Japan Is Investing Over $5 Billion To Try And Solve The Global Chip Shortage

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The global chip shortage has led Japan to invest in its domestic chip production and the country aims to invest over $5 billion in chip production. According to Nikkei, Japan’s fiscal 2021 supplementary budget will allocate roughly 600 billion yen ($5.2 billion) to boost advanced semiconductor producers.

The government wants to invest around 400 billion yen in a new facility in Kumamoto Prefecture, southwest Japan, built by Taiwan Semiconductor Manufacturing Co., the world’s largest contract chipmaker. The remaining 200 billion yen will be used to build new plants, with projects being considered by Micron Technology in the United States and Kioxia Holdings in Japan.

TSMC's Japan plant was seen as a win, but its future is more complicated |  The Japan Times
Taiwan Semiconductor Manufacturing Co (TSMC) is the world’s largest contract chipmaker.

The Japanese government is considering including semiconductors as a new focus area in a law aimed at firms developing high-speed 5G technology, implying that the updated law will authorize investment plans for their factories.

Micron has acquired Elpida Memory’s innovative dynamic random-access memory (DRAM) chip manufacturing facility in Hiroshima Prefecture, in western Japan. The corporation has been in discussions with governments from a number of nations, including Japan, about production investments.

In Japan, Kioxia boasts a cutting-edge NAND flash memory manufacturing. In Yokkaichi city, Mie prefecture, a new factory facility is being built that will begin operations in 2022. The company also expects to begin construction on a new industrial building in Kitakami, Iwate Prefecture, next year, with intentions to begin operations in 2023.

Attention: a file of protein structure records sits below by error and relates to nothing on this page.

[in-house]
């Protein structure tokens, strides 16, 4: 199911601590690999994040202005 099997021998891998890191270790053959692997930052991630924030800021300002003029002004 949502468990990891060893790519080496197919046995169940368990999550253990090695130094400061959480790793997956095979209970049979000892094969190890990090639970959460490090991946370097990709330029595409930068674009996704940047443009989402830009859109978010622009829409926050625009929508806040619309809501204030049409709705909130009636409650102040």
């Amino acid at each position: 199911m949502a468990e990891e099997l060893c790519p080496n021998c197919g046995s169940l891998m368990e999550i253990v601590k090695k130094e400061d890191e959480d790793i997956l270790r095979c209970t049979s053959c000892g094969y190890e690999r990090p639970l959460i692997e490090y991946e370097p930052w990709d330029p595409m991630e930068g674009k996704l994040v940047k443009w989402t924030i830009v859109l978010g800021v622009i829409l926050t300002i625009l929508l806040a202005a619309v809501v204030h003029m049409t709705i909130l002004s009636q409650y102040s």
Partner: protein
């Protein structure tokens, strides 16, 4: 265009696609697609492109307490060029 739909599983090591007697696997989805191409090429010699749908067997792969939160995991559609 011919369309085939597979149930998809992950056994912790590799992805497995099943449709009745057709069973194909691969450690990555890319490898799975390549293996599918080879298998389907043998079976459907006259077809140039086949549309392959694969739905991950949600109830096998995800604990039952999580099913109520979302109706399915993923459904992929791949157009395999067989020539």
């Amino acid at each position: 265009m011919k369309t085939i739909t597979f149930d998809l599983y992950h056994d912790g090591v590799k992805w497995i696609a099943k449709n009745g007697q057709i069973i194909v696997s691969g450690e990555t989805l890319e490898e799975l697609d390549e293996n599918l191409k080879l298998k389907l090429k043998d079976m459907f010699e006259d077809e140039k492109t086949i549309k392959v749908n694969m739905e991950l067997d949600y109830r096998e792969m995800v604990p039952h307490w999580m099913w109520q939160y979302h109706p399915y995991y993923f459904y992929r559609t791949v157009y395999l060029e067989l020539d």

Kioxia is a Japanese multinational computer memory manufacturer headquartered in Tokyo, Japan

Memory chip consumption is predicted to rise in the mid- to long-term, owing to increasing digitization and data centre investments. “Securing a reliable supply of advanced semiconductors (logic, memory) is the most significant security problem,” Japan’s industry ministry noted in its semiconductor reinforcement package.

The decision was made in response to a global chip scarcity. The chip scarcity became apparent at the same time as the COVID-19 coronavirus outbreak hit the United States. With billions of people throughout the world facing months to years of isolation, the only means to communicate with the outside world was through computers, laptops, cell phones, televisions, and game consoles. Those of us who were fortunate enough to work from home relied (and continue to rely) on the daily operation of semiconductor-based equipment and the computer chips that they comprise.

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